A face that has been familiar to customers across the history of Big W North Albury is celebrating the store's 41st anniversary this week.
Wanda Ziebell began working at the store as a 27-year-old, soon after it opened in 1979.
"I started as a snack bar assistant, selling chips and cakes, and cleaning tables," she said.
"Then I went to management, stayed in that for about 30 years, and then I went to the door, which I absolutely loved.
"I knew it was time to finish; I wanted to see 40 years out."
Mrs Ziebell retired in December, as the store's longest-standing employee.
"[When I started] everything we did was paper, you walked around counting stock, and wrote it down," she said.
"You have to get in there, learn the new technology, and get on with it.
"Some people like to stay the same, but I think going forward is the best thing to do.
"I think the biggest change for me was seeing the store evolve and change with the times.
"There were three major refurbishments and layout changes over the 40 years."
The department store has weathered many storms - of the literal and figurative kind - since its beginning in Albury, when people talked about going to "Big Dub" rather than the "Lavington Shopping Centre".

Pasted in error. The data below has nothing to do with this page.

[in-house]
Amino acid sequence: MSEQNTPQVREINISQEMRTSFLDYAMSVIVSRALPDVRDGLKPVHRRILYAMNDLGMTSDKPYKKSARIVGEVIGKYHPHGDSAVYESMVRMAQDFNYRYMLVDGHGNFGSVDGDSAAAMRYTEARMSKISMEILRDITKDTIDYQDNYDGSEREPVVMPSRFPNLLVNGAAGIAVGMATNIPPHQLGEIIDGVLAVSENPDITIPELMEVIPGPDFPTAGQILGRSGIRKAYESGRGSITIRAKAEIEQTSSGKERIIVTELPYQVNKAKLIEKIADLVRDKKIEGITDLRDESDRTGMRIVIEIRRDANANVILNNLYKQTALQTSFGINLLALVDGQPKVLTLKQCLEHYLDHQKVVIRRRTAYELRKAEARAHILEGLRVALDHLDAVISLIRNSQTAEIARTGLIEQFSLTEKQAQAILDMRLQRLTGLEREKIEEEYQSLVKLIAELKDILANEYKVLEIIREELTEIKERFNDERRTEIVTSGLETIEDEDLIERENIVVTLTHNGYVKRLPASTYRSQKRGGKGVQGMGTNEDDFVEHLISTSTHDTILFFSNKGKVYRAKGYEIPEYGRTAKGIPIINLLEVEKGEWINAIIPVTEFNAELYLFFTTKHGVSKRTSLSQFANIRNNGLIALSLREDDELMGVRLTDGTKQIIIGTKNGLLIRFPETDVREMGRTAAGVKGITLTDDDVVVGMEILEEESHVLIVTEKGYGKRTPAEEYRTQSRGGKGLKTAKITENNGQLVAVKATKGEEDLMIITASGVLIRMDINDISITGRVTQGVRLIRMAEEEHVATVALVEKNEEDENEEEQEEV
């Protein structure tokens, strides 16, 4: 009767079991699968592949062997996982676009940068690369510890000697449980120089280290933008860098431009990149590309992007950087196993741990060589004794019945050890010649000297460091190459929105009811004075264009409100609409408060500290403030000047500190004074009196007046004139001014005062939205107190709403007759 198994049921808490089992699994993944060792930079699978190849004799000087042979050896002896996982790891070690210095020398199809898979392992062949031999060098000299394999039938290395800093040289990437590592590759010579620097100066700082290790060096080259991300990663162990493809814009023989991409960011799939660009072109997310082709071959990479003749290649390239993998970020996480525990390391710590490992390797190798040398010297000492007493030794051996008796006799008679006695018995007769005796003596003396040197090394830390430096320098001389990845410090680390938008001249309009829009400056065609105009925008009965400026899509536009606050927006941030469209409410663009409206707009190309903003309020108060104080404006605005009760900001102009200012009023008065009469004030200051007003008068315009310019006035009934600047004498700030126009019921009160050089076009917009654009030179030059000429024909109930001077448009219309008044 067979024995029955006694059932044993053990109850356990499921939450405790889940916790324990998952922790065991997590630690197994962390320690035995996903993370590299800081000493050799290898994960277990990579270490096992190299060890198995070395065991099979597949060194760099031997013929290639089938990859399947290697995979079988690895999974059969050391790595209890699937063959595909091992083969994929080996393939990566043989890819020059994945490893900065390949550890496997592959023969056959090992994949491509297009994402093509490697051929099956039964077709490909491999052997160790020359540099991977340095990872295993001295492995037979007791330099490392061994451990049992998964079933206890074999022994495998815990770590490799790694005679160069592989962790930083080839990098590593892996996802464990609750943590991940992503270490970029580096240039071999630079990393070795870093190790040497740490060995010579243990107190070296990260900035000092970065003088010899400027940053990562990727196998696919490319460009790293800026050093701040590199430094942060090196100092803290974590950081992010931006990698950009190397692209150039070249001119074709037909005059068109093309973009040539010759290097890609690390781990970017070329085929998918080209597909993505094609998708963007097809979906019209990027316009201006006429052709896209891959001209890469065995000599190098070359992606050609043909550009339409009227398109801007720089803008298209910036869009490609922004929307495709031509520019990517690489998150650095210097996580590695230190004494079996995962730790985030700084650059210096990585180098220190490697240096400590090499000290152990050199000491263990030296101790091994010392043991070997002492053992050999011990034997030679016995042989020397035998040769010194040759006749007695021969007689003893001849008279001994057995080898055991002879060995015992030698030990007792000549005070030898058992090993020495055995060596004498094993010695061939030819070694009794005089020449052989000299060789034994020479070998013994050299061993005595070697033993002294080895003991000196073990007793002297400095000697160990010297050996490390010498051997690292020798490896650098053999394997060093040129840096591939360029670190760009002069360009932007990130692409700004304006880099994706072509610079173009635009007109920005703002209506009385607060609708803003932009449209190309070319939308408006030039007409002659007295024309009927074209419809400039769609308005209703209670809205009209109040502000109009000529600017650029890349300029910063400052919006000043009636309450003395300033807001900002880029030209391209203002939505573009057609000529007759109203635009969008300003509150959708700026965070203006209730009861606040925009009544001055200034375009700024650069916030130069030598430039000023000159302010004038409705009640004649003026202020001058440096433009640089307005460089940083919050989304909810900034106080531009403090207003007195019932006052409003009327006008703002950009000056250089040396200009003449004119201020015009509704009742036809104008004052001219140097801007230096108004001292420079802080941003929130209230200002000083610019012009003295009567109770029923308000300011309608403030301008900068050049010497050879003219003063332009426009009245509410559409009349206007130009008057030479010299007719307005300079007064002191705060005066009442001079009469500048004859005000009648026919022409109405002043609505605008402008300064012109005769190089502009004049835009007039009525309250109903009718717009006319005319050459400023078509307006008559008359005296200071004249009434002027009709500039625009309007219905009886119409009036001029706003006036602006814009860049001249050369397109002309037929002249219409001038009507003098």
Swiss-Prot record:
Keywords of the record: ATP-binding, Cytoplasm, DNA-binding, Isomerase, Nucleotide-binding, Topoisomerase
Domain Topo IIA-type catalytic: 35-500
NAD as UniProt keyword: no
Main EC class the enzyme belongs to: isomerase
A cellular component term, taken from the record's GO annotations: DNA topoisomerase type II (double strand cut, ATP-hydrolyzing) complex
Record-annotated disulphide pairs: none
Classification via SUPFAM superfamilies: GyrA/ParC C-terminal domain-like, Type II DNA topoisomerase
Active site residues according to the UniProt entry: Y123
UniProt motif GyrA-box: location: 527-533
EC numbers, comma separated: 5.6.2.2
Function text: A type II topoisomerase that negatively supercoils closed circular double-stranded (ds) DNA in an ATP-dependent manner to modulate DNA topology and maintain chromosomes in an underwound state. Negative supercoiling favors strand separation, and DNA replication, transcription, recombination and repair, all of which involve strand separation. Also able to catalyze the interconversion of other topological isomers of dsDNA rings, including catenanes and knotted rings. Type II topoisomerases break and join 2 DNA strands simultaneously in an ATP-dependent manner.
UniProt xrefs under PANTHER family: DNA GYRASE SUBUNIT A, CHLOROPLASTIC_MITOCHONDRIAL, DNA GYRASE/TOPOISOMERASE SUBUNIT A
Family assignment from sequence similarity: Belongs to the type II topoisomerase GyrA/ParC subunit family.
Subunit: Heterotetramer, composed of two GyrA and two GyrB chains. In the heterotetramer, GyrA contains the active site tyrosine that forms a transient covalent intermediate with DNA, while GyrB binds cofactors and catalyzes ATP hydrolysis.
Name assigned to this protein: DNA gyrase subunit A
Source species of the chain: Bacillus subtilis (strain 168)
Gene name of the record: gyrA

The Lavington store's future was confirmed positively last year when 30 stores were flagged for closure, and now COVID-19 has hit the entire retail sector.
But Mrs Ziebell said it was the team's commitment to its community that always shone through.
"Bushfires were always hard," she said.
"We are like one big family.
"We have regular customers who visit every day just to say hello, and when they are missing for a few days, the store enquires as to the customers' welfare in some cases.
"[There is] our regular customer John who is an elderly gentleman, who completes a morning walk of the store speaking to every staff member, asking if we are keeping busy and how trade is.
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"During COVID we made sure John had his supply of hand sanitiser and toilet roll, which he couldn't source."
Mrs Ziebell's love for Big W has been shared across oceans; she sends clothes to extended family in Poland, where her parents emigrated from to end up at Bonegilla, via Melbourne and Uranquinty.
"I come back in all the time," she said.
The now-Jindera resident's face continues to smile at customers from the store's wall, alongside other long-standing staff who continue on today.